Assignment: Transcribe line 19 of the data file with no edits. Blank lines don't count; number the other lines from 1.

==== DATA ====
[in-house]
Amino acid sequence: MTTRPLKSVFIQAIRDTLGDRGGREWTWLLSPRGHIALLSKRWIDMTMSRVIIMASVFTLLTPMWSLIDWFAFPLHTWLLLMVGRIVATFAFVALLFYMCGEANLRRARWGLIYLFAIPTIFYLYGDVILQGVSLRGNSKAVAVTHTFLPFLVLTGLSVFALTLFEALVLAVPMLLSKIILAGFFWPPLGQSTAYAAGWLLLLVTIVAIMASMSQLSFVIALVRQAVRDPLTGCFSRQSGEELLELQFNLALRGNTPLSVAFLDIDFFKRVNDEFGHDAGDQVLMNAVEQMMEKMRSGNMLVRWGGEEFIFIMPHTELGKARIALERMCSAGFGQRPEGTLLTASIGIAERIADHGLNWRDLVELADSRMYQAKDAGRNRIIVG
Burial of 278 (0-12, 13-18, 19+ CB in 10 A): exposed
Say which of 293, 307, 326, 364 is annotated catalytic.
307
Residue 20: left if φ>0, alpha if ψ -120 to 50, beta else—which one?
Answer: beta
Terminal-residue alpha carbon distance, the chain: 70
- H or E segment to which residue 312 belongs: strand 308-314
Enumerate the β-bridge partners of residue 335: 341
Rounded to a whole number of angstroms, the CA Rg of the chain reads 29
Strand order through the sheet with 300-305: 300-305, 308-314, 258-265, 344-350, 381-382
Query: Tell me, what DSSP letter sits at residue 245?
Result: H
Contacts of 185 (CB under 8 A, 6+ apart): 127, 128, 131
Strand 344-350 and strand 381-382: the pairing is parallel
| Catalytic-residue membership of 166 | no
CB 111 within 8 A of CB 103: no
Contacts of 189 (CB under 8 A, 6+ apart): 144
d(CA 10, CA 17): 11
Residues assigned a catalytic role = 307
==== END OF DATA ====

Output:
Contacts of 189 (CB under 8 A, 6+ apart): 144